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Second 'no' vote for PSOE's Pedro Sánchez: Could this mean new elections for Spain?
05 March 2016 @ 14:33

IN AN unprecedented move in Spain's democratic history, socialist leader Pedro Sánchez has lost his second attempt at being invested as president after his party's only supporters were the 40 MPs from centre-liberals Ciudadanos.

Left-wing Podemos' 65 MPs and its own supporters, United Left's two MPs, plus Valencia-based Compromís and the various nationalist parties in the Basque Country and Catalunya all voted against, as did the PSOE's arch rivals and political opposites, the right-wing PP.

Podemos' leader Pablo Iglesias has never made any secret of the fact he does not support any new government which would involve Ciudadanos, whom his party considers to be 'far-right' and with policies that 'only benefit the IBEX 35' – Spain's answer to the FTSE 100, but the top 35 companies instead of the top 100 – rather than the general public and their social welfare needs.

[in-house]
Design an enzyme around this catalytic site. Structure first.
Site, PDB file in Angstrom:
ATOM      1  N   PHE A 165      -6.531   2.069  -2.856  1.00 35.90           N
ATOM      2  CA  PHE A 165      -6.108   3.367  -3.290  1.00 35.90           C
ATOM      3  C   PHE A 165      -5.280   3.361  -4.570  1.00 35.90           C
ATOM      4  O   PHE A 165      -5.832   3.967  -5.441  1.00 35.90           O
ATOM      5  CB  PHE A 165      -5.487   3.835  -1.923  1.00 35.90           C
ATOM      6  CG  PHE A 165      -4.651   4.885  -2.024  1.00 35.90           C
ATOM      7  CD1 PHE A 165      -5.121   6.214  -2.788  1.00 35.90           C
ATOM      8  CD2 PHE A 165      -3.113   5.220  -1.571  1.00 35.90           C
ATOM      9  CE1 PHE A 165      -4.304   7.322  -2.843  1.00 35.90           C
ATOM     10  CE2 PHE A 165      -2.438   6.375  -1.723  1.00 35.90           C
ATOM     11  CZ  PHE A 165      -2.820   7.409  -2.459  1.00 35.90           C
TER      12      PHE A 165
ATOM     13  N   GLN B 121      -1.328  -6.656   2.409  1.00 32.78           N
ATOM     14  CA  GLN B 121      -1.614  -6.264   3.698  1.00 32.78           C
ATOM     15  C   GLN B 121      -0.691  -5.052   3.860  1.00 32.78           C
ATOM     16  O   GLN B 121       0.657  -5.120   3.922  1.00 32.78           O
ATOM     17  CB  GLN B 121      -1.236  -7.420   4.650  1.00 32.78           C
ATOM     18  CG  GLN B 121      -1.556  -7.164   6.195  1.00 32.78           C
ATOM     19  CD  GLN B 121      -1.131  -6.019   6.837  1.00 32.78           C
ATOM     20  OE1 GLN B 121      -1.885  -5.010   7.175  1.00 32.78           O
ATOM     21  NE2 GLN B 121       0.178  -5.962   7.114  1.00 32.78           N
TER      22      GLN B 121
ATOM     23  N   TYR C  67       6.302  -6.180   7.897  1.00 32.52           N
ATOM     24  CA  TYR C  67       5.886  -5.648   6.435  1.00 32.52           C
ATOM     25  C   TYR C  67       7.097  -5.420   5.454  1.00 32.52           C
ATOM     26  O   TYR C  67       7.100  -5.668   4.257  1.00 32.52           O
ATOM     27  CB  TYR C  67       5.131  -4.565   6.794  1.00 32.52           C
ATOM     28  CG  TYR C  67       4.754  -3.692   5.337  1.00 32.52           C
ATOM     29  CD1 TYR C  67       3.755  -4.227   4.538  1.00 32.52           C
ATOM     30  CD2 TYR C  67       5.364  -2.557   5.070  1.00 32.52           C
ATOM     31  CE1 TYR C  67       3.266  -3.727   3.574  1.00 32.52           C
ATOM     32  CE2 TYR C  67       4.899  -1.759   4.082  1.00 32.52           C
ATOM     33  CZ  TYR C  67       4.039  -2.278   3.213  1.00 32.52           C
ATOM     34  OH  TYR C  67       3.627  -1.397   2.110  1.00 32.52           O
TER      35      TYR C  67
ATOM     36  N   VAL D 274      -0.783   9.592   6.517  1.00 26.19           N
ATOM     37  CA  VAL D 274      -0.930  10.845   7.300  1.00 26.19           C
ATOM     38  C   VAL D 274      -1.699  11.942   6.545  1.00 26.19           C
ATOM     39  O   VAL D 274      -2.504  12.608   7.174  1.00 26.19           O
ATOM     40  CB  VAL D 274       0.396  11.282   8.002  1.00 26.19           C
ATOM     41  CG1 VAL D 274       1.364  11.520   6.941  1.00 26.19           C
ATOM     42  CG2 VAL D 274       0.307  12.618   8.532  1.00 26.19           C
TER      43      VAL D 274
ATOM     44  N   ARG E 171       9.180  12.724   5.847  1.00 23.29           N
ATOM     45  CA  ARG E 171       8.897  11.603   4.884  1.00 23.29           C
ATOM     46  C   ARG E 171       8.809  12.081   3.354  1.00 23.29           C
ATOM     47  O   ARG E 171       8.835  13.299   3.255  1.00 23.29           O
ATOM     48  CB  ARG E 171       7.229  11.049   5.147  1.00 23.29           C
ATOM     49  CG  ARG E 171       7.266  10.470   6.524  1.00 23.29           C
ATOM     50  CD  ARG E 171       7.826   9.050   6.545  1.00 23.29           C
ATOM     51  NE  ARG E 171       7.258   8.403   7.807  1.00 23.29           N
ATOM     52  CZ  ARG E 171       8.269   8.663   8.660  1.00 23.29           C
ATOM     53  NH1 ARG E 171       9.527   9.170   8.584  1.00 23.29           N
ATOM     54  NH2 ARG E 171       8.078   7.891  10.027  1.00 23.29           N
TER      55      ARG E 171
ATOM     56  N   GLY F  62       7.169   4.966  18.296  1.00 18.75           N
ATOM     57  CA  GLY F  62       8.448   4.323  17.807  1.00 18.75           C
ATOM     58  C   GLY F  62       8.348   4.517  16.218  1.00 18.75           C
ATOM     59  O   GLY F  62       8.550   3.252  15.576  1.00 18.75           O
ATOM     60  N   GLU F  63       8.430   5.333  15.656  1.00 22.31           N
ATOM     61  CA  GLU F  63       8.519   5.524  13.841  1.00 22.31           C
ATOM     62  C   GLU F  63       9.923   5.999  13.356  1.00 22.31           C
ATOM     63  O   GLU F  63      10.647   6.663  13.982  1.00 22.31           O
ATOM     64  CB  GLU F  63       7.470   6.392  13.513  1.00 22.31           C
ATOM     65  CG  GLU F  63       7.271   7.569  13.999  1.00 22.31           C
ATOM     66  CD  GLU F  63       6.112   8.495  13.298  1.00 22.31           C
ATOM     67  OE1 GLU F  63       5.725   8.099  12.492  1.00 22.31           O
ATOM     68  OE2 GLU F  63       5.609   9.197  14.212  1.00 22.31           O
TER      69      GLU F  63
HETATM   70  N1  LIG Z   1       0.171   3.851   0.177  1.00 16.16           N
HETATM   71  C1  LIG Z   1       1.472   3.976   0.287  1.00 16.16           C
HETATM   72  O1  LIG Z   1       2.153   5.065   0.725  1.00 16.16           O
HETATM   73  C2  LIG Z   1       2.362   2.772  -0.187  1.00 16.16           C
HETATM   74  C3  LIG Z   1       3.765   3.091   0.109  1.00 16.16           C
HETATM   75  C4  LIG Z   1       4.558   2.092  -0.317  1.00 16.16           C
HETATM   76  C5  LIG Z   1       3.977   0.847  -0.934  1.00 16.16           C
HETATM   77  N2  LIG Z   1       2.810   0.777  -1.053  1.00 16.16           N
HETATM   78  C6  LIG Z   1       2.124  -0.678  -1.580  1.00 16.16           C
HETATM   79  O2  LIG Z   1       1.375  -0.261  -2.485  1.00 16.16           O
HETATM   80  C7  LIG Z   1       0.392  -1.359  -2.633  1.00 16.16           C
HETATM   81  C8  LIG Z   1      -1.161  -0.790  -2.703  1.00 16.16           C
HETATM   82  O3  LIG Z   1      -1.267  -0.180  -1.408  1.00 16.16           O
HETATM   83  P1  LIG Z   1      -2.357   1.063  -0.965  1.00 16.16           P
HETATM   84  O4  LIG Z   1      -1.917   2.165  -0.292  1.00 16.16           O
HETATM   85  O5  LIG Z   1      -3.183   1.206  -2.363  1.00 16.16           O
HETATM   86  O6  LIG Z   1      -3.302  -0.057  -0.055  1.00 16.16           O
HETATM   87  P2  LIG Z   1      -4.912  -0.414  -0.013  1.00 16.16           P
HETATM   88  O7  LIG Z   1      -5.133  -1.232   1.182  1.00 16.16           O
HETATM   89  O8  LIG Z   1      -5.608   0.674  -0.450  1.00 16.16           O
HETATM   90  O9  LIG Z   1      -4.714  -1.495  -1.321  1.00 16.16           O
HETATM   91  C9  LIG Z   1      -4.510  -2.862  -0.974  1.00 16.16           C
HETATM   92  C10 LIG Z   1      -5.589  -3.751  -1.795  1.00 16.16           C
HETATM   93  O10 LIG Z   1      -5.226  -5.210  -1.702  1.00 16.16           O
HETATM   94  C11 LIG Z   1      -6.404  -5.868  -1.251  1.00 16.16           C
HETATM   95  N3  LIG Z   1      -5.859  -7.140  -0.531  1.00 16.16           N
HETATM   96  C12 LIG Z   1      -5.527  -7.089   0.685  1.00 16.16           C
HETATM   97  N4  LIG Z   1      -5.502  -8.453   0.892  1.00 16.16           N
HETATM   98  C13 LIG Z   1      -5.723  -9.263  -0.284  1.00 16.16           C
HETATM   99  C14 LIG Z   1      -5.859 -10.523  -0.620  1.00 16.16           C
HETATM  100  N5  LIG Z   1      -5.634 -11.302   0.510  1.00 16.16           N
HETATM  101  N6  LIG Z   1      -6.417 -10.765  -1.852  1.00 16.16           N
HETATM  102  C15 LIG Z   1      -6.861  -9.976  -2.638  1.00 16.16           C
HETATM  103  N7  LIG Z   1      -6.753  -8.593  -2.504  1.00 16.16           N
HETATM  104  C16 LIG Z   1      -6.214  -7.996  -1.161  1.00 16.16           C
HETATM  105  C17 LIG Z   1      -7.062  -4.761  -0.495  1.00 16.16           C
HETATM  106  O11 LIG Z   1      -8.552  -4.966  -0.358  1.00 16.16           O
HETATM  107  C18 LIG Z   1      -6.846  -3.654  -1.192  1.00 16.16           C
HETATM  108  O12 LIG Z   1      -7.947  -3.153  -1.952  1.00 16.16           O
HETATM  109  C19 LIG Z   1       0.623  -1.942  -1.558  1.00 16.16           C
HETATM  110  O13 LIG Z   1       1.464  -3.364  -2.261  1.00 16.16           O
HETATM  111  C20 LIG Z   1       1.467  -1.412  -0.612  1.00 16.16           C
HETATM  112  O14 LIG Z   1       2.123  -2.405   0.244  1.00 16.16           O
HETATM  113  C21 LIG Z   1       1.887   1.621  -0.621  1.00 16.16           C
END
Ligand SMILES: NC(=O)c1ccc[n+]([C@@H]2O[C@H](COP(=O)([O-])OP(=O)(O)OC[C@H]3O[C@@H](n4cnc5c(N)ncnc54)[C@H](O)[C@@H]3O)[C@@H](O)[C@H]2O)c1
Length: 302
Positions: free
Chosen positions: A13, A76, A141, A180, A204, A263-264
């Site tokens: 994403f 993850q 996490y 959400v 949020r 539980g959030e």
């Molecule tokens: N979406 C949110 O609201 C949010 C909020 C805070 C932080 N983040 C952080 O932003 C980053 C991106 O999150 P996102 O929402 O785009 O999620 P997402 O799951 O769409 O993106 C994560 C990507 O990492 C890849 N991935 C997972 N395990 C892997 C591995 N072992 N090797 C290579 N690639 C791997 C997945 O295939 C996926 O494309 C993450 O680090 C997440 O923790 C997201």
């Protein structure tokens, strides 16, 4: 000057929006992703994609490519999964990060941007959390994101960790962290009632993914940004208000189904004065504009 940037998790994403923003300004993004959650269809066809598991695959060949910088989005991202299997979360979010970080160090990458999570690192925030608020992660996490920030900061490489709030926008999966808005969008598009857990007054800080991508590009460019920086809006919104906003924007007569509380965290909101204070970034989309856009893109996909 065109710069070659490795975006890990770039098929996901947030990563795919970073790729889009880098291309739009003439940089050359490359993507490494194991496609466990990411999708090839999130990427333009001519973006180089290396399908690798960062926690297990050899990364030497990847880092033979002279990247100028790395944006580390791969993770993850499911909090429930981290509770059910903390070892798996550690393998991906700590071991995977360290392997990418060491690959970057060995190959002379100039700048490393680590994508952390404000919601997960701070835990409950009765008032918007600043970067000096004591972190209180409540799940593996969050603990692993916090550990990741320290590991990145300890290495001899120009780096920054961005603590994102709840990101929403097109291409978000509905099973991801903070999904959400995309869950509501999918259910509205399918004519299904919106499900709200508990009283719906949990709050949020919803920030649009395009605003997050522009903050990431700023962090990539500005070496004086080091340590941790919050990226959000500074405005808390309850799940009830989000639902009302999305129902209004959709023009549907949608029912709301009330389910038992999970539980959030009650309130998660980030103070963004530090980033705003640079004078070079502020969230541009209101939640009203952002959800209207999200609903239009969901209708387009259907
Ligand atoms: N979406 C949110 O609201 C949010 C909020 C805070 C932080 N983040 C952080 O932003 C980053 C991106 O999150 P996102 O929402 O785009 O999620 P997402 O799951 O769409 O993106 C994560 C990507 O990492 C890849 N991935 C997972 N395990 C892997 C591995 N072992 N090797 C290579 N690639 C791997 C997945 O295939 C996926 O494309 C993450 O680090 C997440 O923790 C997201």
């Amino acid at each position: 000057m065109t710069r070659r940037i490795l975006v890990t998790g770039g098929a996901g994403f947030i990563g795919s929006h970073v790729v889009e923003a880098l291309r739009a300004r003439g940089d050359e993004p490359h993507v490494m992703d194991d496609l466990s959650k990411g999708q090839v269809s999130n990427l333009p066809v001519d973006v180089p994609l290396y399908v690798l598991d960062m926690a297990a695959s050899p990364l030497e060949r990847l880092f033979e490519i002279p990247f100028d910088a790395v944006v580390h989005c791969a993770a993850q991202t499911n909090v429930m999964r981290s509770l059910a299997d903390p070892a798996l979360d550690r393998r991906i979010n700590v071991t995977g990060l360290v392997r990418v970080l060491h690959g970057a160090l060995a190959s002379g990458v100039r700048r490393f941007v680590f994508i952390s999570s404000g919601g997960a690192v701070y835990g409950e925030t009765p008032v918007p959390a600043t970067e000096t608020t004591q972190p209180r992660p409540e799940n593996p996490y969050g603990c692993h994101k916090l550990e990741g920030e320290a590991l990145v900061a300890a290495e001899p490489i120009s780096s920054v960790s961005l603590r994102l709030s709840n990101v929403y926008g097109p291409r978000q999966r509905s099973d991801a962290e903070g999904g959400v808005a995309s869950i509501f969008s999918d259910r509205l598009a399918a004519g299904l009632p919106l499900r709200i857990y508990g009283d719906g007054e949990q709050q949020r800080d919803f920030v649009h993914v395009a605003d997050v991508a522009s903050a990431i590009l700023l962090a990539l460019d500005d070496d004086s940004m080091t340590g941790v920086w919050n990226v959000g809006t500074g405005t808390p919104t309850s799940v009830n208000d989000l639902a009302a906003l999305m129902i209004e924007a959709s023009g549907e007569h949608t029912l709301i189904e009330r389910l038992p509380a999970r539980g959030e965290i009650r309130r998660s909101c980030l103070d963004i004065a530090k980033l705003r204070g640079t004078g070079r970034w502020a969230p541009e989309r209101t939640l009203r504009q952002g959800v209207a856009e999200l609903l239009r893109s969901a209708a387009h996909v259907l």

And Ciudadanos has always been reluctant to work with Podemos, although so far, it has been the only party which is prepared to negotiate with literally anyone, pointedly does not seek leadership or status for its own members, and whose only real red line is that it will not allow a referendum on independence for Catalunya.

Iglesias is in favour of a referendum – although he does not support Catalunya's becoming a separate nation, he firmly believes Spain's unity lies in equality in discussion and in democracy rather than 'forcing' the region to stay connected through denying it a voice.

Podemos has also said several times that he believes the 'real' negotiation would not be ready to start until after the in-house voting had been lost by Sánchez yesterday (Friday). 


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